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Fort Worth Roofing: Article About Installng Foil Insulation

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When a homeowner wants the energy efficiency provided by a radiant barrier but also needs the thermal resistance of an effective insulating material, weighted foil insulation is a great option. This material can be used in many places around the house, including the walls, ceilings and rafters. Homeowners considering an environmentally friendly upgrade can work with a Fort Worth roofing service to learn about the pros and cons of foil insulation.

Foil wrapped insulation looks like the aluminum foil that is at home in most kitchens. It fully envelops fiberglass or mineral wool to create a two in one package of radiant barrier and insulation. This material is packaged in large rolls that can be trimmed with a utility knife to create a snug fit to insulate places that receive tremendous exposure to heat, such as the roof's rafters, which make up the attic walls. The foil also acts as a vapor barrier, which can help the inside of the attic have better moisture control and less condensation. The lightweight and medium weight varieties are best for use in mild to moderate climates like that of Texas.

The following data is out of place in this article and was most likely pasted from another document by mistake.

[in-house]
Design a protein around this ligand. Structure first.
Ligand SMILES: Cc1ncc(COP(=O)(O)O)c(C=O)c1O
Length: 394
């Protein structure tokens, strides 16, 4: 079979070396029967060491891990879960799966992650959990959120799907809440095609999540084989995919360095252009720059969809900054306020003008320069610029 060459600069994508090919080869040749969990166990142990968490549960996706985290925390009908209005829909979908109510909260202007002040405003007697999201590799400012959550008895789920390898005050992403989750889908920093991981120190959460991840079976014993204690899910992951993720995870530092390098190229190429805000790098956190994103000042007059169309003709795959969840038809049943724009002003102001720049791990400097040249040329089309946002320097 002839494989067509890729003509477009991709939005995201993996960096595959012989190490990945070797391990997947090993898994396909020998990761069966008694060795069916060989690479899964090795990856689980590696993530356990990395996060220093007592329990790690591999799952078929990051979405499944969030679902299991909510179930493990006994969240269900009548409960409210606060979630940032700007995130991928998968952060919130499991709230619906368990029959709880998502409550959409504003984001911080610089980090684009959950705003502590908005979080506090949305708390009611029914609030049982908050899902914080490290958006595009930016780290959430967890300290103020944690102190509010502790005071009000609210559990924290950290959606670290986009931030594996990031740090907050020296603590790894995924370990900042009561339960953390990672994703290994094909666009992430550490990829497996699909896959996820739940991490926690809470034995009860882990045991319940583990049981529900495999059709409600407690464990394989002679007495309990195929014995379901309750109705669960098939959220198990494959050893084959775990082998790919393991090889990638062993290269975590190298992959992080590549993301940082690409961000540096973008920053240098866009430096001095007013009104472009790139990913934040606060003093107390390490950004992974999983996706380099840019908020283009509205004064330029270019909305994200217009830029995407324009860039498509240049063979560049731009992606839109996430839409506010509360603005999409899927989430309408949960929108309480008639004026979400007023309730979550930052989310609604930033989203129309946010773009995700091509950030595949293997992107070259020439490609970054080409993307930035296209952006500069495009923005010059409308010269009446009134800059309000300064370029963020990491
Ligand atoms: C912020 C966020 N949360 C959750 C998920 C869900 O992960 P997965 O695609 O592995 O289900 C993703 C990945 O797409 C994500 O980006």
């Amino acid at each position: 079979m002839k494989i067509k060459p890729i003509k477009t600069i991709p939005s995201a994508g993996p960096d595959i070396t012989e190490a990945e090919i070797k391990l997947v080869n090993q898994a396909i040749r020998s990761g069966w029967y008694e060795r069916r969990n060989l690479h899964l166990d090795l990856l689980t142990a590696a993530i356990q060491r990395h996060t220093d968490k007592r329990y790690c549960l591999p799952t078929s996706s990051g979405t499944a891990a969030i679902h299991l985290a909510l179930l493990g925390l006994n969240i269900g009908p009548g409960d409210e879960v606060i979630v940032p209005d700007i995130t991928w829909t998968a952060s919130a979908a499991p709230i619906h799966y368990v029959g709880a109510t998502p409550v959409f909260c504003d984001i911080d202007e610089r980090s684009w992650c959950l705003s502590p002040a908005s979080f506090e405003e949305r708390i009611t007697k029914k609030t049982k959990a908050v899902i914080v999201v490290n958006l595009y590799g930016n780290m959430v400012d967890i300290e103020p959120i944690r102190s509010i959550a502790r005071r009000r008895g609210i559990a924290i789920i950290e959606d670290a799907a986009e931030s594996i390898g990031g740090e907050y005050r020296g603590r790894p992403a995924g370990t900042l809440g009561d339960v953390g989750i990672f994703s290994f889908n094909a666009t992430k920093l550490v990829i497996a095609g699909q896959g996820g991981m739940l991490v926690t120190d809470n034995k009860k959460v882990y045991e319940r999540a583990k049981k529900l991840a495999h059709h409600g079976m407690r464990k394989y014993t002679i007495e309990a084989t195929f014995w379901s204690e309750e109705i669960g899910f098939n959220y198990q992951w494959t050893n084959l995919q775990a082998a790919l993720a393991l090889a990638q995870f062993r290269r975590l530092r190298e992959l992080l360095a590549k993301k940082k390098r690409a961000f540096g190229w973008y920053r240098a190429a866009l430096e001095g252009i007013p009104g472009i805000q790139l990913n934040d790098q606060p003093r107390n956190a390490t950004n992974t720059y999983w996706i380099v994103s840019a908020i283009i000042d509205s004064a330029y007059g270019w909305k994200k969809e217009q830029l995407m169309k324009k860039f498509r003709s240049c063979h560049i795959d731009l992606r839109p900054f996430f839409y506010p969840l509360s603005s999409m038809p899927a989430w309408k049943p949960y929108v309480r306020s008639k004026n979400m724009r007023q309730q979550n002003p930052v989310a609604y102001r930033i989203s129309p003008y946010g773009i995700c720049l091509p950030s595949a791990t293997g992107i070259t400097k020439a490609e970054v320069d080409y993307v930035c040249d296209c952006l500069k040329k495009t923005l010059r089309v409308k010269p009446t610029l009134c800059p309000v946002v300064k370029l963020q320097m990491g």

To install the foiled insulation, roofers begin by unrolling the insulation and holding it flat against the bottom of the rafters. A staple gun is used to attach the insulation every six inches across and up.

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This is done in the space between every rafter. Because each staple creates two tiny holes through the material, the roofers can apply a bead of caulk over the tops of all the staples to seal up any possible points of air intrusion.

If the sheets do not fully cover the space between every rafter, then separate sheets can be overlapped so that their edges cover each other by about two inches. All of the seams should be covered with foil tape to stop air from seeping in or out. This process continues until all of the rafters are covered. If the homeowner wants the attic's flooring to be insulated, a different type of material should be used, such as rolled fiberglass or loose fill.

Any air ducts, vents or plumbing fixtures within the attic can also be insulated with the foil insulation. This can help reduce heat loss and unwanted air exchange through the home's ventilation equipment. Roofers can wrap the foil insulation around the ducts and secure it with metallic foil tape. This tape is made from aluminum and has a strong adhesive that allows it to bond well with the metal on the insulation.

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